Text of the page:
What is a delusion? It’s a belief not based in reality. Now, all of us sometimes believe some things that are unrealistic. But that doesn’t make us delusional. And grandiose narcissists often believe things about themselves that seem a real stretch. (See, also: When Narcissistic Grandiosity Crosses the Line.) But that doesn’t make them truly delusional either. You see, at some level, most of us know when we’re fooling ourselves. But holding a belief that clashes with reality with conviction is quite another matter. Firmly believing something to be real and true that is objectively and verifiably false is delusional. And because of the way they see themselves generally, some narcissists can easily succumb to bouts of delusional grandiosity.
A Tale of Delusional Grandiosity
What follows is a fictional tale. But it’s one based in reality. In fact, it’s based in multiple factual stories. In our character disordered times, some tales are all too familiar. So what I’m about to present is really a composite of sorts, with many details altered. So, there’s no way you could identify a particular person. I’ve told the story before, in various versions. And it might describe any number of folks you’ve encountered. It’s a tale of delusional grandiosity.
James, A “Special” Guy
James” was always a “special” guy. Just ask him. He knew he was smarter than average. And he would be the first to tell you he had a “knack” for inventiveness. James always disliked the idea working for anyone. He hated being bound by constrictions of any kind. The entrepreneurial life suited him best.
James had many failed ventures in his history. But he also had one remarkable success. That success made him a small fortune. Unfortunately, it also reinforced many troubling beliefs he had about himself. James ascribed little credit for the success to his then venture partner’s acumen. And he simply didn’t believe in anything like “luck” (e.g., good timing, serendipity, etc.) He and his brilliance did it all. Besides, he had the proof in his bank account. The world had spoken. He was clearly special.
The Slippery Slope
James just knew he was “on a roll” after his venture did so well. So, he wasted little time investing all the profits in a new and bigger one. When his partner balked, he simply parted company. And when things didn’t go like they had before, he just knew they were only temporary setbacks. So, he had no compunctions about taking out a second mortgage, cleaning out the family savings (without his spouse’s knowledge) and borrowing to the hilt. He had no compunctions about all the cocaine he was using either. After all, he was at his best when he was “up.” Some people can’t use. But he, of course, was special.
James’s wife got scared really scared when he started talking about starting his own church. It would be a way for him to channel to others the special connection to the ultimate power in the universe that he recently discovered he had. He’d come to believe he was the very incarnation of a divine master. He would reveal this to the world. And he would teach all his adoring followers how to be special, too.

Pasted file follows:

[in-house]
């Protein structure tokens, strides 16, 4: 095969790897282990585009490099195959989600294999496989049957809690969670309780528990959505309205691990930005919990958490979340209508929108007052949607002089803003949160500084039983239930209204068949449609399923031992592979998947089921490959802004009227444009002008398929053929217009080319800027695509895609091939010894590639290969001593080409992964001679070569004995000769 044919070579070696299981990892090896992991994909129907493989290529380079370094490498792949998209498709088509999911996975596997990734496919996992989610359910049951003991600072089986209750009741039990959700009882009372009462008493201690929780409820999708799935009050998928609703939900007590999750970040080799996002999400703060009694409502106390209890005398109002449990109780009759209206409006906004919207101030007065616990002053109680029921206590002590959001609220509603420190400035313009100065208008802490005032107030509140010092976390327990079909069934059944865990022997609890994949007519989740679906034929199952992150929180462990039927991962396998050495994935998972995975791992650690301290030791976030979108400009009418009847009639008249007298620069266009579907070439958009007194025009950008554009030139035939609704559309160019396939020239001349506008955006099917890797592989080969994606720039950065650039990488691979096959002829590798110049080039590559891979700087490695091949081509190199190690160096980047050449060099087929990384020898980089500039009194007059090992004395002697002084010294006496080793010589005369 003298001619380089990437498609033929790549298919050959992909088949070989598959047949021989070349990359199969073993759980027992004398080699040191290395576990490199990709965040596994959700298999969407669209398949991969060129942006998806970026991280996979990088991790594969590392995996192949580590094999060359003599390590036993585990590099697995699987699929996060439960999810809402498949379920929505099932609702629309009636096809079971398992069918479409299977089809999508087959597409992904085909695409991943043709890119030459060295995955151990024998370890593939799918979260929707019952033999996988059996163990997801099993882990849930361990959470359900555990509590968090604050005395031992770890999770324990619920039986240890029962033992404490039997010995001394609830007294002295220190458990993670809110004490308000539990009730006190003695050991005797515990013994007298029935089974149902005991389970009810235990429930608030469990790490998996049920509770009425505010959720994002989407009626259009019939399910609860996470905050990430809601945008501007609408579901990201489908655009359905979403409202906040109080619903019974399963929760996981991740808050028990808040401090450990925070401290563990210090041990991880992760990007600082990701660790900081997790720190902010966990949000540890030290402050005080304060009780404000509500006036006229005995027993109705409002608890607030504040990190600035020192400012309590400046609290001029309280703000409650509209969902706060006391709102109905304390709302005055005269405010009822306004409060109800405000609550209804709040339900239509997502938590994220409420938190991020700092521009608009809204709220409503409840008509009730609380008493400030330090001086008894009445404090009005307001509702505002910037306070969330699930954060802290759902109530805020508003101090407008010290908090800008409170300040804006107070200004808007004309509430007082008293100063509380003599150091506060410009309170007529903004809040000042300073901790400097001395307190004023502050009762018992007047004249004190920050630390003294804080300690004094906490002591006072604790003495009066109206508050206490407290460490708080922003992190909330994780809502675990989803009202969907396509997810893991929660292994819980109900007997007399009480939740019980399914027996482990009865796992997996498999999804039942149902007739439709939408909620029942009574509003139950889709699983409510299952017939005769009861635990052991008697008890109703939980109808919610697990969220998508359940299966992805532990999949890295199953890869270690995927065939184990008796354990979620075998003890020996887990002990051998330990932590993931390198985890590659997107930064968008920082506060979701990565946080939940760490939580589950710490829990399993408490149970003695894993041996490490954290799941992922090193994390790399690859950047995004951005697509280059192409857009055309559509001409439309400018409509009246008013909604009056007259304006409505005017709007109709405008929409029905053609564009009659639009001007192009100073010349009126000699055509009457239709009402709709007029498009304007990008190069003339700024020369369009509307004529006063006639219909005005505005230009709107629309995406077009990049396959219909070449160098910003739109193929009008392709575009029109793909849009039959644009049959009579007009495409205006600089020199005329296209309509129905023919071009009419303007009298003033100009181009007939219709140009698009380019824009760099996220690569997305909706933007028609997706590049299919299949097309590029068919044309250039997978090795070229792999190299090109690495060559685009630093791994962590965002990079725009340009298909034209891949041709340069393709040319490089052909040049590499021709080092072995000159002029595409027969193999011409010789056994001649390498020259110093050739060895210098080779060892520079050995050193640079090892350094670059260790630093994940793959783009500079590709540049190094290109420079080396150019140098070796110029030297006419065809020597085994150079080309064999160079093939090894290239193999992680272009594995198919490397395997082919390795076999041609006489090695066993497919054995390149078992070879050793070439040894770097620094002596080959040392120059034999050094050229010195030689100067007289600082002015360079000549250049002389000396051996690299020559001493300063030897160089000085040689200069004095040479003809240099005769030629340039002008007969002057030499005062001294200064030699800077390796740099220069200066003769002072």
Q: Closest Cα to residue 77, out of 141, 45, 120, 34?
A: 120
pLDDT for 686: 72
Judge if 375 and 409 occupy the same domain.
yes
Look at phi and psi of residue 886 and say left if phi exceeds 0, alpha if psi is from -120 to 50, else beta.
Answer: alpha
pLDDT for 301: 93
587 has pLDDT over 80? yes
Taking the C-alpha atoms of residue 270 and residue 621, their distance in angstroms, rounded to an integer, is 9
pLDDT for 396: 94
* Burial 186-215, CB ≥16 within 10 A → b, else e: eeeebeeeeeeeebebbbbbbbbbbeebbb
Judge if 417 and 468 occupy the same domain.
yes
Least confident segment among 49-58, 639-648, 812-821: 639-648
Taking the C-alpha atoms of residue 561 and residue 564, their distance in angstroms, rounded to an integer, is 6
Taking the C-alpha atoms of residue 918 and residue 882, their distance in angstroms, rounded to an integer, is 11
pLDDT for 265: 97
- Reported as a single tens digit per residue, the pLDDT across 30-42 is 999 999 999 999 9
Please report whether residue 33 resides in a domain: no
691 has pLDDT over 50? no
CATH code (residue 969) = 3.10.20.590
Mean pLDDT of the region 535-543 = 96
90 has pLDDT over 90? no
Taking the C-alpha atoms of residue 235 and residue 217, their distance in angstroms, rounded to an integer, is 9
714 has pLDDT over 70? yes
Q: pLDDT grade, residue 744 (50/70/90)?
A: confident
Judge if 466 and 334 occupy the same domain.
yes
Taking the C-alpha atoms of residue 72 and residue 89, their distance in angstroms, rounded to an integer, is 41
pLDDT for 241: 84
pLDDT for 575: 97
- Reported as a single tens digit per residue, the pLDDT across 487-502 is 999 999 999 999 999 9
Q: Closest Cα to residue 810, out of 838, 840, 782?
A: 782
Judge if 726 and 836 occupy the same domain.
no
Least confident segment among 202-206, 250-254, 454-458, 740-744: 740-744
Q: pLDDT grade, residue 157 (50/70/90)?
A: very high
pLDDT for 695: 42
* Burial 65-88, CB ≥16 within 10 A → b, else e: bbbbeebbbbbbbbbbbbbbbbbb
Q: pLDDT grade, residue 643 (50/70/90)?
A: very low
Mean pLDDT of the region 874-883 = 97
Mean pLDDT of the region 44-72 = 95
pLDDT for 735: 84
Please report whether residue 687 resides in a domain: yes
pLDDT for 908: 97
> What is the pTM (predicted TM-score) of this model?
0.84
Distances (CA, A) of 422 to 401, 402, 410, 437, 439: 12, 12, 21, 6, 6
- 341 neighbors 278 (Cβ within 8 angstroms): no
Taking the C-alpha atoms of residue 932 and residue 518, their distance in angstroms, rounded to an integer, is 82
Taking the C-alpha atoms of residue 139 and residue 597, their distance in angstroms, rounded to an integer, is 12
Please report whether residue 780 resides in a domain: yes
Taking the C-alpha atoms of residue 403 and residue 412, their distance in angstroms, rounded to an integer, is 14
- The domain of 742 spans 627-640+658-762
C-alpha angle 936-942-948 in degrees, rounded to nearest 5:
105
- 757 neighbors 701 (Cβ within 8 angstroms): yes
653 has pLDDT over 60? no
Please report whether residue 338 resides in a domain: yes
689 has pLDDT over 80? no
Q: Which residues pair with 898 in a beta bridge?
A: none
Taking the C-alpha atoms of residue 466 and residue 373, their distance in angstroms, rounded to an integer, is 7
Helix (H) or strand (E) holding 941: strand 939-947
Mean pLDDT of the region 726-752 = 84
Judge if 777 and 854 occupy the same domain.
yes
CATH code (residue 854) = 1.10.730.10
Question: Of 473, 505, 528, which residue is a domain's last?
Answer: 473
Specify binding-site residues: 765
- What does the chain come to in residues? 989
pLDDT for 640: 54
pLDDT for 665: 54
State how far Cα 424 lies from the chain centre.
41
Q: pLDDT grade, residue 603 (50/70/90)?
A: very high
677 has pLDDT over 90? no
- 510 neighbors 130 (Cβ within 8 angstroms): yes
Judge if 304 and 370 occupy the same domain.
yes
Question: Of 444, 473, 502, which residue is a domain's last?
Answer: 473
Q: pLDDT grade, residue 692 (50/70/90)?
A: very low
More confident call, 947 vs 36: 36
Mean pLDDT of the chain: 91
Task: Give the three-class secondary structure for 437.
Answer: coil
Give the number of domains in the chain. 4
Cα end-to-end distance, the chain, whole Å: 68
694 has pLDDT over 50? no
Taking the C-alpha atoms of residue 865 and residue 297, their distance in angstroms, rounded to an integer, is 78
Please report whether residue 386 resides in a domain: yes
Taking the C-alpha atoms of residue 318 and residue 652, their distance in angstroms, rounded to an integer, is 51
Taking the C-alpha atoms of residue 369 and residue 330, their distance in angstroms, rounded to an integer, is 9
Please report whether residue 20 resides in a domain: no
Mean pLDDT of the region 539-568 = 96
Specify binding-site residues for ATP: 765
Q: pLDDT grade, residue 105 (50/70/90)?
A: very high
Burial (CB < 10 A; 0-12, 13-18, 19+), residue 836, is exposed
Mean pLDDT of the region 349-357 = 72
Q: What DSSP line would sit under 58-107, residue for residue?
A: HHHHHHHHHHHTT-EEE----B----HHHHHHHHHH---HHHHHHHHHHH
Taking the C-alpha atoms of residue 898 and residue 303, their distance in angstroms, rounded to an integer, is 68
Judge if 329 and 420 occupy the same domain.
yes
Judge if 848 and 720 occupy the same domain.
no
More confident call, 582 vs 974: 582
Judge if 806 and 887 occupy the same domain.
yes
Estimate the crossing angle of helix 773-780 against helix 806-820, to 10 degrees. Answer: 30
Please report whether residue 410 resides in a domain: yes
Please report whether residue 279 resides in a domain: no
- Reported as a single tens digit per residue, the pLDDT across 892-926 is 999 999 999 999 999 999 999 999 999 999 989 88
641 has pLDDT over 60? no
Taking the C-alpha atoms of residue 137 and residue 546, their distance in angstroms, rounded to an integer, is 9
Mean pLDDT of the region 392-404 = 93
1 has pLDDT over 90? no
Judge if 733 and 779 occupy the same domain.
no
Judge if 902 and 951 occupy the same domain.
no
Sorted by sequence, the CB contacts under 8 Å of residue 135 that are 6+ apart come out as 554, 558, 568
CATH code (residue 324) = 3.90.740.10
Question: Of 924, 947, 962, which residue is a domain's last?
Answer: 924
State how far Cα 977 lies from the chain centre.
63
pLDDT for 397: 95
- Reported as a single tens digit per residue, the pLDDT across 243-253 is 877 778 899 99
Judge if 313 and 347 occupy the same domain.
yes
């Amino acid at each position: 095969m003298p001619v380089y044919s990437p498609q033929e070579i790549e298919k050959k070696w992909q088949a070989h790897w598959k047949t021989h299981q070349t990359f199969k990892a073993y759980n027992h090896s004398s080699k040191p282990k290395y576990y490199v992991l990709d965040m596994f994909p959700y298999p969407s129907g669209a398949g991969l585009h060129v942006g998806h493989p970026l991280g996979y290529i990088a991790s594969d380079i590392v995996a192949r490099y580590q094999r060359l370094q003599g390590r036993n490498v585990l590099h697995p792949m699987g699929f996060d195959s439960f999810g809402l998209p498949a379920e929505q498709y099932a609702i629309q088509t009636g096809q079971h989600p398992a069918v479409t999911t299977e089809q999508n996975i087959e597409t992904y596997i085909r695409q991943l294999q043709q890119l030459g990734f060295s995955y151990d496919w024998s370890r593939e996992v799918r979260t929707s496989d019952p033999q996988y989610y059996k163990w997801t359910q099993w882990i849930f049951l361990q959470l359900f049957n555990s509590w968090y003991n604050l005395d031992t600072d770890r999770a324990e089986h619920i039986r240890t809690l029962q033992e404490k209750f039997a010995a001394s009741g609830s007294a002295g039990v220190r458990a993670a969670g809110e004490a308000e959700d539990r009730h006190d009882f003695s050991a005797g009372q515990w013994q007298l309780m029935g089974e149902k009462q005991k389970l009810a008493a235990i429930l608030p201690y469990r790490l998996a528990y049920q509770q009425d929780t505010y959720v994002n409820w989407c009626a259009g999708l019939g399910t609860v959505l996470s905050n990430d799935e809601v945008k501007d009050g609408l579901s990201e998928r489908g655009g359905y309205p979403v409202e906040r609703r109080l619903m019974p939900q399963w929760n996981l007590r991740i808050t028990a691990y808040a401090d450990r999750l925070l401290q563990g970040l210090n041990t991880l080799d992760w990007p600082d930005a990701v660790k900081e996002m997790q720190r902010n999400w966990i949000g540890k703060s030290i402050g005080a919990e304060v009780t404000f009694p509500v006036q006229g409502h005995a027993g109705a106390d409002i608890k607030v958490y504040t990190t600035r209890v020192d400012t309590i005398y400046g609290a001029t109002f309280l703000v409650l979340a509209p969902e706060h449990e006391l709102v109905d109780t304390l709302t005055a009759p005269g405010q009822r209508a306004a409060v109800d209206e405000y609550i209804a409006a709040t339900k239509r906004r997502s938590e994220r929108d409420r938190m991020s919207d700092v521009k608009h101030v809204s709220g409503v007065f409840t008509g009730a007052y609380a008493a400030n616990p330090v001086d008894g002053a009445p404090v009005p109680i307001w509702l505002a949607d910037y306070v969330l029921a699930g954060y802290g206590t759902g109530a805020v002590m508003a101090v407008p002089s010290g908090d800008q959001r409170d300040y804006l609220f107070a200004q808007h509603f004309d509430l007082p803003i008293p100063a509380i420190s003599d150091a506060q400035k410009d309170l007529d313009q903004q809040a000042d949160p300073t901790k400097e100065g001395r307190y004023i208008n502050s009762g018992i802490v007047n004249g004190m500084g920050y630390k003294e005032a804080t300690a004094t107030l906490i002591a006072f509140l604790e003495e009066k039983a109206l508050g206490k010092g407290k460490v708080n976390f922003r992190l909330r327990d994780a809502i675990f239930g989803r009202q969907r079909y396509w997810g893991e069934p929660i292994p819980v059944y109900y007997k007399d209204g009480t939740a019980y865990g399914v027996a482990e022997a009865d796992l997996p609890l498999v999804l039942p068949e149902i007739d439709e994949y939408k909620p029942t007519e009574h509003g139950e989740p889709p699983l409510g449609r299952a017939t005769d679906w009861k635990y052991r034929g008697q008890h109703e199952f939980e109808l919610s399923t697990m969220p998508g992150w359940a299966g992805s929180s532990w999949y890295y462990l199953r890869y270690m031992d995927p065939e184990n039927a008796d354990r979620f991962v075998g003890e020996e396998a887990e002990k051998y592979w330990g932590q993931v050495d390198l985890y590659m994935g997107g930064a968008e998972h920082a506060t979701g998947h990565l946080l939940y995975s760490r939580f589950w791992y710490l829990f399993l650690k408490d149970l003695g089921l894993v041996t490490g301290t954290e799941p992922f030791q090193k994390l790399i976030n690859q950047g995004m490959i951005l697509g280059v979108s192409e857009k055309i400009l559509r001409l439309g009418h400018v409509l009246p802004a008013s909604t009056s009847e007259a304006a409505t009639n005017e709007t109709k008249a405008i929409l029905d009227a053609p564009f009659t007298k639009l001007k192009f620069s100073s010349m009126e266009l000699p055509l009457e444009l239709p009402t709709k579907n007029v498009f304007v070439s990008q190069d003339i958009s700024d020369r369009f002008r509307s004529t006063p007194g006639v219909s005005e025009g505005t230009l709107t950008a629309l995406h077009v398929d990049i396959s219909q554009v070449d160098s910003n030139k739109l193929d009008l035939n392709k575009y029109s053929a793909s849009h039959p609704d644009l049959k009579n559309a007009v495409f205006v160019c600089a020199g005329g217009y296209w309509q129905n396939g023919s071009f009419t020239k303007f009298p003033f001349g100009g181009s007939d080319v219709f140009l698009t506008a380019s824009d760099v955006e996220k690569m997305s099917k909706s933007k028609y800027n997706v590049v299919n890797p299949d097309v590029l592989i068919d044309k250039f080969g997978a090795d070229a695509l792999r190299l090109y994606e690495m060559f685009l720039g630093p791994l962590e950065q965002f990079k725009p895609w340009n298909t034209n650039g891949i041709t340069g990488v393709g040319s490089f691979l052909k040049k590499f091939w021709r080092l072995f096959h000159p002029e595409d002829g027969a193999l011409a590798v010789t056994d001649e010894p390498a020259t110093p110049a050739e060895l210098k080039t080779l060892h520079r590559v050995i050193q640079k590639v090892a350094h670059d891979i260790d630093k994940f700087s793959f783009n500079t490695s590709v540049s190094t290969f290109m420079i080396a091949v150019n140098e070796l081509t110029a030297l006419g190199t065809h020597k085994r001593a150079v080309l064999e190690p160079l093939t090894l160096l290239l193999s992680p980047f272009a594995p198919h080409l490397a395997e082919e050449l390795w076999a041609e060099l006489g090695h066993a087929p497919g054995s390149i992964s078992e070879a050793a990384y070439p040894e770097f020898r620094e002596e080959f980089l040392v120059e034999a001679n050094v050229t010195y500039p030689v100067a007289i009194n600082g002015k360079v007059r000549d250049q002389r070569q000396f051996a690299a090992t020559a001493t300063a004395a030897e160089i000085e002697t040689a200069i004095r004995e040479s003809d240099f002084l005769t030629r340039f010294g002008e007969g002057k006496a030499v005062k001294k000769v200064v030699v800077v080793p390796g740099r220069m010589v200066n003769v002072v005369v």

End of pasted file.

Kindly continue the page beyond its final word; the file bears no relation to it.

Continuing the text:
James’s fall was inevitable and predictable. Sadly, it was also predictable that he would take many down with him. Some blamed James’s fall on the drugs. Others blamed his latent Bipolar Disorder. But even on medication and off cocaine, James had trouble reckoning with the bigger culprit – the grandiosity in his character. It was that flaw in his character that predisposed his problems in the first place. And because it had gone unchecked and unchallenged for so long, truly delusional grandiosity was always a possible end result.
These days we have all kinds of ways to explain people’s dysfunction. And while I know I’m in the minority asserting this, in my experience rare is the case where character is not a principal culprit. True, there are some times when a perfectly healthy person’s biochemistry suddenly and for no apparent reason goes kaflooey. And there are cases where unpredictable tragedy traumatizes and temporarily impairs even the most well-adjusted person. More often, however, a person’s character not only predisposes the problems they experience in life but also exacerbates those problems when they occur.
James’s grandiosity was a problem long before he became delusional. He was always treading on a very slippery slope, heading for disaster. But you couldn’t tell him that. Well, you could tell him, but he simply couldn’t or wouldn’t hear it. And the grandiosity in his character was still a matter to reckon with even after medication had brought him some measure of rationality. You see, you can’t treat character with a pill. And providing only biochemical solutions for folks only further “enables” whatever character dysfunction plagues them. In our times, the need to address character-related influences on peoples’ problems could not be greater. But sadly, too many professionals neglect this, and/or lack the training and skills to properly address it. (For more on this, read Character Disturbance.)
Character Matters and other Updates
We’re still looking for a new venue for Character Matters. Podcasts of all the shows are still readily available. And it’s possible we’ll not necessarily go with a new broadcast network. We’ll find a forum for giving folks access to timely material and an opportunity to call in to share or ask questions. More updates will follow.
I’ll be presenting a workshop in the Dallas, Texas area next week. The workshop will again also be live-streamed. And I’ll be talking to attendees about the relationship between character and various clinical syndromes.
I’ll be taking some time off for a hands-on reconstruction effort in Puerto Rico the last week of July and first week of August. So, it’s possible no new articles will be posted during that time. I’ll update the readers on this as we get closer to the end of July.